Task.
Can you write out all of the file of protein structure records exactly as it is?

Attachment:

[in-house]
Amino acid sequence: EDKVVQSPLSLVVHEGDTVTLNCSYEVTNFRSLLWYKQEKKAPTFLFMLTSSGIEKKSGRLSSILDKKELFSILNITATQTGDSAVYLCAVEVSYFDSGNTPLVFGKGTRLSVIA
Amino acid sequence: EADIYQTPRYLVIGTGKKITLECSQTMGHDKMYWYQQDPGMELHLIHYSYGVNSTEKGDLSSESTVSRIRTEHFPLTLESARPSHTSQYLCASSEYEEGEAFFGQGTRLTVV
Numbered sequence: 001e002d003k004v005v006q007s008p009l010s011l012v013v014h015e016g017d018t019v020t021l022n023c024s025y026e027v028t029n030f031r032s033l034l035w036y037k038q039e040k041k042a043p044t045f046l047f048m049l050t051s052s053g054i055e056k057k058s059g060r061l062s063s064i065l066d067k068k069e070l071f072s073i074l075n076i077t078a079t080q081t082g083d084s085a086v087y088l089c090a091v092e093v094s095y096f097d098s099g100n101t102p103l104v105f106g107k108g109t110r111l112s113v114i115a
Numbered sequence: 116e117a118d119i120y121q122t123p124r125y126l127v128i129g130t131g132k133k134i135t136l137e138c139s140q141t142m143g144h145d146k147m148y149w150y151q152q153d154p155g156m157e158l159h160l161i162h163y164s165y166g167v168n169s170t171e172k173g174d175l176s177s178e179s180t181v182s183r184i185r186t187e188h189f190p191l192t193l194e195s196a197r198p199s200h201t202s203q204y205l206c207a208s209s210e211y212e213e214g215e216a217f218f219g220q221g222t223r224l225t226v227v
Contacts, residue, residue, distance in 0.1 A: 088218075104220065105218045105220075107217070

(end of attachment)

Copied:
[in-house]
Amino acid sequence: EDKVVQSPLSLVVHEGDTVTLNCSYEVTNFRSLLWYKQEKKAPTFLFMLTSSGIEKKSGRLSSILDKKELFSILNITATQTGDSAVYLCAVEVSYFDSGNTPLVFGKGTRLSVIA
Amino acid sequence: EADIYQTPRYLVIGTGKKITLECSQTMGHDKMYWYQQDPGMELHLIHYSYGVNSTEKGDLSSESTVSRIRTEHFPLTLESARPSHTSQYLCASSEYEEGEAFFGQGTRLTVV
Numbered sequence: 001e002d003k004v005v006q007s008p009l010s011l012v013v014h015e016g017d018t019v020t021l022n023c024s025y026e027v028t029n030f031r032s033l034l035w036y037k038q039e040k041k042a043p044t045f046l047f048m049l050t051s052s053g054i055e056k057k058s059g060r061l062s063s064i065l066d067k068k069e070l071f072s073i074l075n076i077t078a079t080q081t082g083d084s085a086v087y088l089c090a091v092e093v094s095y096f097d098s099g100n101t102p103l104v105f106g107k108g109t110r111l112s113v114i115a
Numbered sequence: 116e117a118d119i120y121q122t123p124r125y126l127v128i129g130t131g132k133k134i135t136l137e138c139s140q141t142m143g144h145d146k147m148y149w150y151q152q153d154p155g156m157e158l159h160l161i162h163y164s165y166g167v168n169s170t171e172k173g174d175l176s177s178e179s180t181v182s183r184i185r186t187e188h189f190p191l192t193l194e195s196a197r198p199s200h201t202s203q204y205l206c207a208s209s210e211y212e213e214g215e216a217f218f219g220q221g222t223r224l225t226v227v
Contacts, residue, residue, distance in 0.1 A: 088218075104220065105218045105220075107217070